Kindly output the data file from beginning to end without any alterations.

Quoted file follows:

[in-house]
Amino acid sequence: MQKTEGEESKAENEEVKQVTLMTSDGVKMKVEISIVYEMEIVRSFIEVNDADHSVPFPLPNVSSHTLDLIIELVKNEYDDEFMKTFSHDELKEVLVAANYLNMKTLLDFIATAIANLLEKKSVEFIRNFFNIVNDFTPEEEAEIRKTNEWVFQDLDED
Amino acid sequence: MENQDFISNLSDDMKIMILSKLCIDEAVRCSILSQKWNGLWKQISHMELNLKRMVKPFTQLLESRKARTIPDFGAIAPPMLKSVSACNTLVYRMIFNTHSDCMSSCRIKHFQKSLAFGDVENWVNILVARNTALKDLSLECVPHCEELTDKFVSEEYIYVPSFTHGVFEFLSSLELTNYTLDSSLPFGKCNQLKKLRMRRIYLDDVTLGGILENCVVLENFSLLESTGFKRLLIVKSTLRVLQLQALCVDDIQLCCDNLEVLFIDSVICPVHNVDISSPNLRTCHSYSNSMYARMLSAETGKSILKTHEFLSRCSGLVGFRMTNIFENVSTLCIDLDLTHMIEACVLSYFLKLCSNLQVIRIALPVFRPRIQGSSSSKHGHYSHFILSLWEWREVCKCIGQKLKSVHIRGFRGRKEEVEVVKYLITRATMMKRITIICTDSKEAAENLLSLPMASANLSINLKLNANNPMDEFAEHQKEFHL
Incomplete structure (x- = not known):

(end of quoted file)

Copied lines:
[in-house]
Amino acid sequence: MQKTEGEESKAENEEVKQVTLMTSDGVKMKVEISIVYEMEIVRSFIEVNDADHSVPFPLPNVSSHTLDLIIELVKNEYDDEFMKTFSHDELKEVLVAANYLNMKTLLDFIATAIANLLEKKSVEFIRNFFNIVNDFTPEEEAEIRKTNEWVFQDLDED
Amino acid sequence: MENQDFISNLSDDMKIMILSKLCIDEAVRCSILSQKWNGLWKQISHMELNLKRMVKPFTQLLESRKARTIPDFGAIAPPMLKSVSACNTLVYRMIFNTHSDCMSSCRIKHFQKSLAFGDVENWVNILVARNTALKDLSLECVPHCEELTDKFVSEEYIYVPSFTHGVFEFLSSLELTNYTLDSSLPFGKCNQLKKLRMRRIYLDDVTLGGILENCVVLENFSLLESTGFKRLLIVKSTLRVLQLQALCVDDIQLCCDNLEVLFIDSVICPVHNVDISSPNLRTCHSYSNSMYARMLSAETGKSILKTHEFLSRCSGLVGFRMTNIFENVSTLCIDLDLTHMIEACVLSYFLKLCSNLQVIRIALPVFRPRIQGSSSSKHGHYSHFILSLWEWREVCKCIGQKLKSVHIRGFRGRKEEVEVVKYLITRATMMKRITIICTDSKEAAENLLSLPMASANLSINLKLNANNPMDEFAEHQKEFHL
Incomplete structure (x- = not known):